Rigid Thinking – “Make America Great Again”

Anxiety is the sensation created by elevated levels of stress hormones in response to a threat. It is intended to be unpleasant enough to compel you to take action to resolve the situation. We will do anything to avoid it. The expected and required response is to take control.

However, humans have the additional problem compared to other living species in that we have consciousness. Unpleasant thoughts create the same survival response, but since we can’t escape our thoughts, every human has to deal with some level of daily anxiety. For many it is disruptive, and takes away from the capacity to relax and enjoy life. Another method to deal with anxiety is rigid thinking. This manifests in strong political, nationalistic, racial, religious and numerous other deeply held belief systems. It works to some degree in decreasing anxiety. Your nervous system learns how to stay in an ever-deepening rut, and  sorting through alternatives to solve a problem is almost impossible. Strong belief systems become reinforced over time and the world becomes smaller and less anxiety-producing, so it works to a large degree. But isn’t helpful for relationships and team building, which requires awareness – the antithesis of judgement.

I was raised in a chaotic household and rigid thinking was my default mechanism to deal with life. I had strong opinions about everything and anyone. I saw issues in black and white terms and had strong unwavering political and religious beliefs. I was perplexed when people did not see the world as I did. I prided myself on my idealism.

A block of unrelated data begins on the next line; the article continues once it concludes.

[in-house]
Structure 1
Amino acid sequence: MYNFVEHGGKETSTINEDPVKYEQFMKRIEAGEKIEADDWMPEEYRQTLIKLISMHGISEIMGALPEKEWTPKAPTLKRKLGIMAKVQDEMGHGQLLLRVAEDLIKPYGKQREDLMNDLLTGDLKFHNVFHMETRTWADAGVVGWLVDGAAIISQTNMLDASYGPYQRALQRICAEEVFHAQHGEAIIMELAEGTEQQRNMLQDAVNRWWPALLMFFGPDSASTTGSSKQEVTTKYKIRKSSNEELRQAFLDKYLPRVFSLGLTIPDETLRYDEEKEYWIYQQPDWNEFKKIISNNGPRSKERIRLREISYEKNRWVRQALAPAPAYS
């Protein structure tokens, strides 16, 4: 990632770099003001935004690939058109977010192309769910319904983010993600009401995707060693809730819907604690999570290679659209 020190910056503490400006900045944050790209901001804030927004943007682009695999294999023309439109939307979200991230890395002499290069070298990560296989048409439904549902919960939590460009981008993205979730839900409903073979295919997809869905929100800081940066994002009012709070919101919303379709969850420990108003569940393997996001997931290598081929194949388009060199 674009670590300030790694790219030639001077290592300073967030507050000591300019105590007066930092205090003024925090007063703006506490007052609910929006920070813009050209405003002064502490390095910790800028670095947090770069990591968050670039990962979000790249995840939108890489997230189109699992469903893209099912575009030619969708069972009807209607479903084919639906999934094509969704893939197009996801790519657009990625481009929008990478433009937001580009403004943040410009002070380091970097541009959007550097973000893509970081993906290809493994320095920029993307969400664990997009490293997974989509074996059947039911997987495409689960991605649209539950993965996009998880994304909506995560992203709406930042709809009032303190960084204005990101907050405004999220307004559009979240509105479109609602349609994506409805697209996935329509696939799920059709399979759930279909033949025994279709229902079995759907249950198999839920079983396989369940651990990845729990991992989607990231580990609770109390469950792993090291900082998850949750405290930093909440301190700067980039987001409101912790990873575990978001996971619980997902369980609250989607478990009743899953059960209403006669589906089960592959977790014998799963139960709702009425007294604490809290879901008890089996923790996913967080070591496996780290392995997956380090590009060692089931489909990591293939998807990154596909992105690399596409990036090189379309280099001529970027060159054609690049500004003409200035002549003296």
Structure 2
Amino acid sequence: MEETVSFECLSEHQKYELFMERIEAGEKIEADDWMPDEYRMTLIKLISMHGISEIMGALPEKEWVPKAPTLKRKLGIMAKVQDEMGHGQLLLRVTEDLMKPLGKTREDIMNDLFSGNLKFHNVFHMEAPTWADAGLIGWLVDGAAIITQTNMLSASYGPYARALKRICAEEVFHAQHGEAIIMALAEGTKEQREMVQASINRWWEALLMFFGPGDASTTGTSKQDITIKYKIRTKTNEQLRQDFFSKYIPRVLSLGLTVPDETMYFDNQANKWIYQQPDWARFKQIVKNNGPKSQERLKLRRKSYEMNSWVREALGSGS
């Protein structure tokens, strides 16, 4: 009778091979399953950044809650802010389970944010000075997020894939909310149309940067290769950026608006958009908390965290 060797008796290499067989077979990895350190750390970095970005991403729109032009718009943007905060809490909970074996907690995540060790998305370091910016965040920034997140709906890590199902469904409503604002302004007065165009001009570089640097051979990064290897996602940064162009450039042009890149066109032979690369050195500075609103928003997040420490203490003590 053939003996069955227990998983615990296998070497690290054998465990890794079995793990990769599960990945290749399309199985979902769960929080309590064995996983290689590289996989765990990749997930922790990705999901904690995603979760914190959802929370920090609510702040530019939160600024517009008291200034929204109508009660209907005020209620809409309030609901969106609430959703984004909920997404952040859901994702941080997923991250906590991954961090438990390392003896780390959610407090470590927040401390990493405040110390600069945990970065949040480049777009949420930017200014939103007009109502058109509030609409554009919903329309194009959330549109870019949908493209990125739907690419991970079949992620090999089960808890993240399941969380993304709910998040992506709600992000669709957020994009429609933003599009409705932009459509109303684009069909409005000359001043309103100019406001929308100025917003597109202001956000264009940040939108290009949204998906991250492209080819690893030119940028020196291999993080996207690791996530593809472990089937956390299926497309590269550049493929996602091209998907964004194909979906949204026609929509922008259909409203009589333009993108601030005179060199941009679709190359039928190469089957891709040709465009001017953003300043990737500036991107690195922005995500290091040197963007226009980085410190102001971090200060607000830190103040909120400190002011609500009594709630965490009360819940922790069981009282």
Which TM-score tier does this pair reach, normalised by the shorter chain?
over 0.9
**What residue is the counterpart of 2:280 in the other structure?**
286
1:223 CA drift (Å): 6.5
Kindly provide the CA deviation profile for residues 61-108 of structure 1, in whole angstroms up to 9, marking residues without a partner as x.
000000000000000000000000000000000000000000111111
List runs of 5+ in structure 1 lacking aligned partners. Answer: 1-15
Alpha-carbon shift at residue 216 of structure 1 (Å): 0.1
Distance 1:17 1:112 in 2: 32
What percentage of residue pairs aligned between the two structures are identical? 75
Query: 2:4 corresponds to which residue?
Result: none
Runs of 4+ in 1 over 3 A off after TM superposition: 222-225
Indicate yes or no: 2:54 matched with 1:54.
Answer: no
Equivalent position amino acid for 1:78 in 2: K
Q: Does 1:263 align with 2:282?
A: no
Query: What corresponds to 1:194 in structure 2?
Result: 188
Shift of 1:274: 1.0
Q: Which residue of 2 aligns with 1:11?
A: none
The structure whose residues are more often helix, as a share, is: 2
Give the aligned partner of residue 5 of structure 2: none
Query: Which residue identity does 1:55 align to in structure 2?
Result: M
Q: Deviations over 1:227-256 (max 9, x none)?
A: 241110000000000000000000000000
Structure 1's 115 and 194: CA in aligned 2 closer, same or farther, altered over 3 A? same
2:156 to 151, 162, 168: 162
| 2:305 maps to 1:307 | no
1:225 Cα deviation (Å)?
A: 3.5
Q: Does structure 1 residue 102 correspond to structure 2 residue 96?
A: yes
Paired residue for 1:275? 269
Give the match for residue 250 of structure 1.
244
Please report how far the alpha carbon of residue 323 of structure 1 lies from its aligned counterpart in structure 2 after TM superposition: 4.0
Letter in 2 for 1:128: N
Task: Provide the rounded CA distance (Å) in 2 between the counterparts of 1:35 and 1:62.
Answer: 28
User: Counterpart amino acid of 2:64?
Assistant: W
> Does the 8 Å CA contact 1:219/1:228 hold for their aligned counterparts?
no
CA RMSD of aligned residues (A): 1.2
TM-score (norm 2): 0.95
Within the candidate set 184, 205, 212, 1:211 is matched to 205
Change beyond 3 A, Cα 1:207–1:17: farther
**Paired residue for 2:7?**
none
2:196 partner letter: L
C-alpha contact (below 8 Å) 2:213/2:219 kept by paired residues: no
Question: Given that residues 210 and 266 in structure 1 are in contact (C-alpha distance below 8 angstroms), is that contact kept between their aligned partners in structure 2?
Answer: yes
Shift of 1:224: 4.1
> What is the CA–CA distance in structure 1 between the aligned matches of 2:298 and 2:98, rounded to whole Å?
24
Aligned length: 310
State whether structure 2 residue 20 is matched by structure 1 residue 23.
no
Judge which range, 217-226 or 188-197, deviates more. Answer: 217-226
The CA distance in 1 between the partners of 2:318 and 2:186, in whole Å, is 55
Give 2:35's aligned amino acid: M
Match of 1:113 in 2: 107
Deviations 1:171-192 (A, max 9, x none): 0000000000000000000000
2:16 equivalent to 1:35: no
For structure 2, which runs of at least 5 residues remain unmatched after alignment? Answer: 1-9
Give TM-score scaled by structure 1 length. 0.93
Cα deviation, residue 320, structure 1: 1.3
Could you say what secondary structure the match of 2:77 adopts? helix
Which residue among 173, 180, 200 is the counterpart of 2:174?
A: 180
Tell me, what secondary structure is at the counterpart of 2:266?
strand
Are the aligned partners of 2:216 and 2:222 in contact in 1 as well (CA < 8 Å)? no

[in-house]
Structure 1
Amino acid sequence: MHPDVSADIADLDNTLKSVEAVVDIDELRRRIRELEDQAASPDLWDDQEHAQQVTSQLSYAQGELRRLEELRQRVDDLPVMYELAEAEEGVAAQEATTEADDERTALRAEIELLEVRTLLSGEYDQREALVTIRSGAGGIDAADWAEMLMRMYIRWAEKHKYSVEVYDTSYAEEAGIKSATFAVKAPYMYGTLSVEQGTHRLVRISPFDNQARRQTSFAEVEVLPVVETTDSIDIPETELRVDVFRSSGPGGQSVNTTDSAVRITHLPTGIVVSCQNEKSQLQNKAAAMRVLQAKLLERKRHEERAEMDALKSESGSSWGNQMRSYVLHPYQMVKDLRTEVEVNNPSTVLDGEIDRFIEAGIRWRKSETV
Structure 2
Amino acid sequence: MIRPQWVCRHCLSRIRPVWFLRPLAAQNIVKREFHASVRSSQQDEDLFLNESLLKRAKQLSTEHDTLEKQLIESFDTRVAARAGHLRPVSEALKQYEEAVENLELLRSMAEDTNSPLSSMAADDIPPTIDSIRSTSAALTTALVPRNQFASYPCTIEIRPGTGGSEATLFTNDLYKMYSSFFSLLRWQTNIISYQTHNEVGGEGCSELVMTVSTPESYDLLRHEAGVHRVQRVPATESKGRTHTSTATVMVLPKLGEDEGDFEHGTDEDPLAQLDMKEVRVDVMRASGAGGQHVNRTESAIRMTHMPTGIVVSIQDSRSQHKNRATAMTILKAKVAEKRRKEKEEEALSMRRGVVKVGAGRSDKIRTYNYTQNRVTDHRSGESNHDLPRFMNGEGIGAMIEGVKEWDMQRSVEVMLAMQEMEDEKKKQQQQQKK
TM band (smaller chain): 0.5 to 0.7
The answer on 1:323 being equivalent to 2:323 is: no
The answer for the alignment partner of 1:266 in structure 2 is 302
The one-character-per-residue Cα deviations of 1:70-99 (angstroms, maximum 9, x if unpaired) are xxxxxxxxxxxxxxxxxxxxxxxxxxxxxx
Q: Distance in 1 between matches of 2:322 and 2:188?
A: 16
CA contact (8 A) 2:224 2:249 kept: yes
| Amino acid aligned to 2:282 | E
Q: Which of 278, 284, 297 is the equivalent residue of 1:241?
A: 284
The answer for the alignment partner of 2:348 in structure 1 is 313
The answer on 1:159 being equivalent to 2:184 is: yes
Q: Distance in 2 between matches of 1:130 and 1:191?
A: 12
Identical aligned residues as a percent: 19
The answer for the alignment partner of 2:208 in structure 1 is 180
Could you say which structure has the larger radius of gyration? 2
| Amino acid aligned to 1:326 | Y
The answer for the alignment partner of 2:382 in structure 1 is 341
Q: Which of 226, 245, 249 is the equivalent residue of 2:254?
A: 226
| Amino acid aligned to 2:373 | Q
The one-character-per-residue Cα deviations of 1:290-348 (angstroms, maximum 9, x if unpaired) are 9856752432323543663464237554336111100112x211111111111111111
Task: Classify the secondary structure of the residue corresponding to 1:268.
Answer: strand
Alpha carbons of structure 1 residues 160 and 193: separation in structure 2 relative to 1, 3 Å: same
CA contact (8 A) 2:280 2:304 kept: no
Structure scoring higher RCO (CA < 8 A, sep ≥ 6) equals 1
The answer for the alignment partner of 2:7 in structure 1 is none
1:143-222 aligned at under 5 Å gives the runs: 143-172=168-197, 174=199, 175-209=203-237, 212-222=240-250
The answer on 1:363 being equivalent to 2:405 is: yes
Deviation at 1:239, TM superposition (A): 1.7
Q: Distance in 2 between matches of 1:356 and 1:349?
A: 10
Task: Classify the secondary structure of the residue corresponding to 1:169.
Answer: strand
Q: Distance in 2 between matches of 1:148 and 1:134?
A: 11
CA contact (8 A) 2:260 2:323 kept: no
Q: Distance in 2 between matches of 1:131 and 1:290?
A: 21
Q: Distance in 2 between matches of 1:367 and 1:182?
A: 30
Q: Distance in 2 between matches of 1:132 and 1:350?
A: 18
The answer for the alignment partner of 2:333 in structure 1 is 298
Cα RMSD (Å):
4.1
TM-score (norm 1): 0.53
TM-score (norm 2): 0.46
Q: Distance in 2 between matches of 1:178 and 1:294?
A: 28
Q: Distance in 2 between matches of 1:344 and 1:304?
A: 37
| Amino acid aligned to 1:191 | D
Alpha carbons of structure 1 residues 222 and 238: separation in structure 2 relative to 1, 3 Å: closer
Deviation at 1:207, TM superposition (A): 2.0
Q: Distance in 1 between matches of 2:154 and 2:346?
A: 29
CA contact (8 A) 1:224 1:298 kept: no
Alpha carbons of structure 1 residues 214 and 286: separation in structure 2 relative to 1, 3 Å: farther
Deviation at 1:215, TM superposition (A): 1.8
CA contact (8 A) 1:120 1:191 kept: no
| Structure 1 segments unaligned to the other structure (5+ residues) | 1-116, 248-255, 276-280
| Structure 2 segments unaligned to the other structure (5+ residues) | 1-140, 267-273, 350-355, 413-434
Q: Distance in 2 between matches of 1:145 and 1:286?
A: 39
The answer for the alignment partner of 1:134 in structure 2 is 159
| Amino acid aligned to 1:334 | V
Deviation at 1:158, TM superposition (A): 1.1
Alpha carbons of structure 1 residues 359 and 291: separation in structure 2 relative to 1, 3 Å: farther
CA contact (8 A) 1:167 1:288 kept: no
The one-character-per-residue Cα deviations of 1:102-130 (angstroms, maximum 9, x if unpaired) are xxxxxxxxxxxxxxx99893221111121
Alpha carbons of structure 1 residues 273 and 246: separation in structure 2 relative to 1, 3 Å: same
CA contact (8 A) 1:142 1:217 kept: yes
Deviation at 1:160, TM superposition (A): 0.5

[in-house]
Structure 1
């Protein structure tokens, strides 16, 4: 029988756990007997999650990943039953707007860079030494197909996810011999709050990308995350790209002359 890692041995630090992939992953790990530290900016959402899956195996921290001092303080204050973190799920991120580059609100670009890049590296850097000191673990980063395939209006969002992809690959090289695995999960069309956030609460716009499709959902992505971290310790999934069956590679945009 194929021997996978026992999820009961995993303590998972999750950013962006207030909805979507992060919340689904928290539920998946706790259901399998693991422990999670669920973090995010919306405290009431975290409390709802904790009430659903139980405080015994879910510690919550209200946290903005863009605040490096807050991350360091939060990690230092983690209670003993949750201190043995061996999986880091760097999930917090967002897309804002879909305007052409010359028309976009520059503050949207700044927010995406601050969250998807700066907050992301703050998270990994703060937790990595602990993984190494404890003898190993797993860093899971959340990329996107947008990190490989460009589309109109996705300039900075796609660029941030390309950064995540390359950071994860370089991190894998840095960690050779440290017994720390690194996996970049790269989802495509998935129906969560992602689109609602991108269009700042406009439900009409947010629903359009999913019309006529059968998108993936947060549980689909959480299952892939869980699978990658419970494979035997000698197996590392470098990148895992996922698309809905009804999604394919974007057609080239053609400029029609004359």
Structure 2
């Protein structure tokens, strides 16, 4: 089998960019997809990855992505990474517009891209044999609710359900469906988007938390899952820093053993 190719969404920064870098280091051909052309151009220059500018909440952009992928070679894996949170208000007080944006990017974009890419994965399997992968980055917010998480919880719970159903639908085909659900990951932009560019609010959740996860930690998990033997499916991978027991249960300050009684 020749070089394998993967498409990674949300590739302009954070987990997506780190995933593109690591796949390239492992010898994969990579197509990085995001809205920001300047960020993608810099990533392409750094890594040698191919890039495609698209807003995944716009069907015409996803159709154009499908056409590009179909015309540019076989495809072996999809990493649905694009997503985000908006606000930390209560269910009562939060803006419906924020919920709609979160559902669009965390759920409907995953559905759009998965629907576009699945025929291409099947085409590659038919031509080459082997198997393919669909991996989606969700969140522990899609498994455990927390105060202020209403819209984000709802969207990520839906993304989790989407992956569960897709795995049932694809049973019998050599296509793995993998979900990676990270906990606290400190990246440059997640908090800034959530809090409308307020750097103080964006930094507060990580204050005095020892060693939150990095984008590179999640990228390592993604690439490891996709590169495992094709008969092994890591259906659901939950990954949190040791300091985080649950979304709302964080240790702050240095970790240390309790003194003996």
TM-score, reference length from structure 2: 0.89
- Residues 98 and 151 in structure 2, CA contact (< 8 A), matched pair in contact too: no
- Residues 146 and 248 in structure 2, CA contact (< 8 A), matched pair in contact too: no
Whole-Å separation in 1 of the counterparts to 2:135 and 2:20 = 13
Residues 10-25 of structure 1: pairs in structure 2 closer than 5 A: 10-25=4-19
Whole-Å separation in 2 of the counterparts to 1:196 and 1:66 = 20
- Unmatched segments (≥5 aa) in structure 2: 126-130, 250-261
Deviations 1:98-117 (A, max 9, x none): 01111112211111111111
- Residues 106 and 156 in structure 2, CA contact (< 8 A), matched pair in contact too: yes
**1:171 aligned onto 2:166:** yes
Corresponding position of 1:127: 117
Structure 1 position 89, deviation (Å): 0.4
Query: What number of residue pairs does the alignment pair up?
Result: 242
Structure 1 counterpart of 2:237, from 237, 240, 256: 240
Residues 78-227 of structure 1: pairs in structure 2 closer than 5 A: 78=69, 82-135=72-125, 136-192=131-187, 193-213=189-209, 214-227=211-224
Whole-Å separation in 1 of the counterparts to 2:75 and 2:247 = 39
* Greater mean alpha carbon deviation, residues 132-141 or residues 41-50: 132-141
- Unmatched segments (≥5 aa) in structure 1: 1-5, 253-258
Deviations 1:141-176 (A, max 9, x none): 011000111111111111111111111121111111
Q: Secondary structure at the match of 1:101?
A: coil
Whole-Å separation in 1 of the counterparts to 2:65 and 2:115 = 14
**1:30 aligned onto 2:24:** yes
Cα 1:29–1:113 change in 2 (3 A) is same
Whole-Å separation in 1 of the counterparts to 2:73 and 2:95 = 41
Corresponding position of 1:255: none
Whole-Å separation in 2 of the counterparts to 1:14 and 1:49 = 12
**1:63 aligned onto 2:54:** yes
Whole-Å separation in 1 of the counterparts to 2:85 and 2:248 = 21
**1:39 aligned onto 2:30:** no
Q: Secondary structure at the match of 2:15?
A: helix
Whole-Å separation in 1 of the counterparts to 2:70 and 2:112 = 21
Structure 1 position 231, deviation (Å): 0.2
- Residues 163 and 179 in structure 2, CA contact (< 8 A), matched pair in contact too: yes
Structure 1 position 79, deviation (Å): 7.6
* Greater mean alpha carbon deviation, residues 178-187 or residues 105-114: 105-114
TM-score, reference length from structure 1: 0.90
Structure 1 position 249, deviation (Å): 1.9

When you label anyone or anything, you are simply projecting your view of yourself onto the world. So this rigidity actually was a reflection of how I viewed myself. I applied endless labels; good, bad, smart, stupid, athletic, uncoordinated, nice, aggressive, enlightened, unaware, motivated, lazy, etc. The problems that arise from this kind of thinking are endless; especially when my baseline standard for me and everyone else was perfect.

Labeling

Once you are labeled by someone, that person cannot see who you really are. When you label someone else, you also cannot truly hear their side of the story or know them. None of us like being labeled in any way, but we don’t necessarily see this issue from other’s perspective. All of this is magnified when suffering from chronic pain and you don’t feel you are being heard or believed,

 

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Rigid thinking is a form of mind control. There are certain thoughts and patterns of thinking that you will allow yourself to experience and the rest is off limits. It is extreme thought suppression, which unfortunately gives much more power to these thoughts. Some people have enough willpowerl to pull it off for a lifetime, but most of us do not. When the wheels come off, it can be dramatic.

I remember talking to a friend who clearly had OCD, (obsessive compulsive disorder) but he did not realize it. I could see that he had mentally arranged his thinking patterns on a massive “internal grid”. As the conversation went on, I felt that I also was visually looking at a playground jungle gym with his thoughts arranged in neat patterns. Needless to say, his opinions on almost every topic were concrete and there was not much room for discussion.

Making the Solvable Unsolvable

There are many consequences that emanate from this pattern of thinking, but I will focus on one – problem solving. If you cannot see a given issue from multiple angles, it is unsolvable. This is true at every level of human interaction.